EDITORIAL: Federal housing plan a good start

Liberal government makes big promises, if people are willing to wait

The Liberal government has high hopes for its new 10-year housing strategy, designed to reassert some level of federal control over the file.

The Canada Mortgage and Housing Corporation has been a major factor over the years in the housing market, from helping first time home buyers gain tax relief, to providing new housing GST rebates for those constructing their own home or doing substantial renovations.

Much of the new federal plan stretches out over the long term – the new Canada Housing Benefit will provide rent subsidies starting in 2020 and runs until 2028 – but the overall numbers touted at least sound impressive. The government is promising to build 100,000 new affordable housing units, repair another 300,000 subsidized units, cut chronic homelessness by 50 per cent and remove 530,000 households from what it calls “housing need,” which is essentially reducing families’ risk of homelessness.

In making the announcement, Prime Minister Justin Trudeau called housing rights a “human right,” adding that “everyone deserves a safe and affordable place to call home.”

That statement rings true, especially with those at risk of homelessness and the people who work to keep them housed in Greater Victoria. Having a regular place to come home to has long been talked about as a key pillar in helping people deal with addiction, mental health and social issues.

While the feds might appear to some as heroes in this discussion, especially with the Canada Housing Benefit, which will provide average annual rent subsidies of $2,500 to qualifying families, fully half of the $4 billion cost of that program will be covered by the provinces and territories. But as anyone who has put together funding for major infrastructure projects can attest, a 50/50 split is sometimes as good as it gets.

Victoria’s housing market is booming, but an increasing number of people finding themselves scraping to find rent money, let alone being able to afford to buy a home. We hope these new federal programs will have the desired effect locally to help relieve that problem.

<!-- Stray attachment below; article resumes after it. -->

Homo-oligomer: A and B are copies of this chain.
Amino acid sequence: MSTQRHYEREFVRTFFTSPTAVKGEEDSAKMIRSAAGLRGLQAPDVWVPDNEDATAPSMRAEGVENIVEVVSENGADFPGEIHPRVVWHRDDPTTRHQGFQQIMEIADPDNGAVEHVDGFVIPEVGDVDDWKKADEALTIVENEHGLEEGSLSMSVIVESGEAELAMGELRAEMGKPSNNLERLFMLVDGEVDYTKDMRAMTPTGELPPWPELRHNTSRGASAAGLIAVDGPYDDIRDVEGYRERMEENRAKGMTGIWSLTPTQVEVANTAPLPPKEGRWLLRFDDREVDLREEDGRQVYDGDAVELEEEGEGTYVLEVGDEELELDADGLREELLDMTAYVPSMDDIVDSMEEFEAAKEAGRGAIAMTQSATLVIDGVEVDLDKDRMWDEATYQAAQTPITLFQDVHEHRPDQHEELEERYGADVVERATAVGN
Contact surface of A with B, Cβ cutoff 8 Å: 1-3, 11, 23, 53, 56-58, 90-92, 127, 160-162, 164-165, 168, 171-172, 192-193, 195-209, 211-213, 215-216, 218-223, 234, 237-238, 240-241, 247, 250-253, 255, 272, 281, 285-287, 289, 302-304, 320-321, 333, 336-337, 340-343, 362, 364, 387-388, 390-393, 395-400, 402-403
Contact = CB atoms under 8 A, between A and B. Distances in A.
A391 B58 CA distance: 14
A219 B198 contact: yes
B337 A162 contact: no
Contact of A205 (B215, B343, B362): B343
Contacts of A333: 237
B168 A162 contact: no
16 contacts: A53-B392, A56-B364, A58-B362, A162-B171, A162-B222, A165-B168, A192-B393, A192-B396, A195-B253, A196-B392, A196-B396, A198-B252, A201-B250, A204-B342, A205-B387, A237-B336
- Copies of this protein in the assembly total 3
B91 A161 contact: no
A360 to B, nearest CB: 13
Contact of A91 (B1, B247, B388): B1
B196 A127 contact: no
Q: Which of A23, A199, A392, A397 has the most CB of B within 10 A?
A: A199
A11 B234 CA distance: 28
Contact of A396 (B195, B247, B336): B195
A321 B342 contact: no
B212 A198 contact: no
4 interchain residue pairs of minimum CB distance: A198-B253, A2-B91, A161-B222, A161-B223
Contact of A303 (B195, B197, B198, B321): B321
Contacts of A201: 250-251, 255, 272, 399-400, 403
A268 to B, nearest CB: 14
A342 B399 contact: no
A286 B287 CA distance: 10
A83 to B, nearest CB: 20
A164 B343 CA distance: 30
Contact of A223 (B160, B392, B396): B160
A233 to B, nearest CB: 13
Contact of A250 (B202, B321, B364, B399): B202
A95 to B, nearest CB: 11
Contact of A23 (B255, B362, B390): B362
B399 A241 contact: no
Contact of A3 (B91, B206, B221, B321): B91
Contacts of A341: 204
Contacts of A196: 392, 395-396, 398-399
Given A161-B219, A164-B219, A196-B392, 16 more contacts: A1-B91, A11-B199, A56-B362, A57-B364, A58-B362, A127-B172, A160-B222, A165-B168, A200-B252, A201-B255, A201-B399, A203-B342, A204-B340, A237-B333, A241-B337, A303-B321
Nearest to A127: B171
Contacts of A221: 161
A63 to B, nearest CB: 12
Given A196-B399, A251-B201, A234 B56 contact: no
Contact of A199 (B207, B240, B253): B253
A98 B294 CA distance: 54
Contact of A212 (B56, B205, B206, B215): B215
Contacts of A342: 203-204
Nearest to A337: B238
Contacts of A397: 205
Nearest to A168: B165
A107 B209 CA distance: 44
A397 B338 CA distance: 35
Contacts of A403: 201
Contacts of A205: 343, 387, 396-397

Just Posted

Unique gift alert: adopt a grizzly bear for Christmas

Nature Conservancy Canada is hosting its 25th annual Gifts of Nature campaign

Saanich vet talks tips for winter travel with pets

Going to see the vet the day before a trip is never a good idea

Talking about tubas! Annual concert attracts hundreds to Market Square

The 2019 edition of Tuba Christmas concert and fundraiser goes this Saturday in the square

Victoria restaurant gets one-year extension after facing renoviction

Pluto’s Restaurant set to stay at its Cook Street location until March 2021

‘Not a decision I came to lightly:’ Scheer to resign as Conservative leader

Decision comes after weeks of Conservative infighting following the October election

Greater Victoria wanted list for the week of Dec. 10

Greater Victoria Crime Stoppers is seeking the public’s help in locating the… Continue reading

POLL: Do you have a real or artificial Christmas tree?

The lights are up, holiday shoppers are bustling through the streets and… Continue reading

‘British Columbians are paying too much’: Eby directs ICBC to delay rate application

Attorney General David Eby calls for delay in order to see how two reforms play out

VIDEO: Octopus, bald eagle battle after bird ‘bites off more than it can chew’ in B.C. waters

B.C. crew films fight between the two feisty animals in Quatsino off north Vancouver Island

Couple who bought $120k banana duct-taped to wall say artwork will be ‘iconic’

Pair compared it to Warhol’s ‘Campbell’s Soup Cans,’ which was initially ‘met with mockery’

Race to replace Andrew Scheer could be a crowded one

Many familiar faces, such as Maxime Bernier, Jason Kenney, Doug Ford and Kevin O’Leary, have said no

Sooke’s École Poirier students win B.C. Hydro Power Smart contest

More than 100 schools compete in province-wide competition

Most Read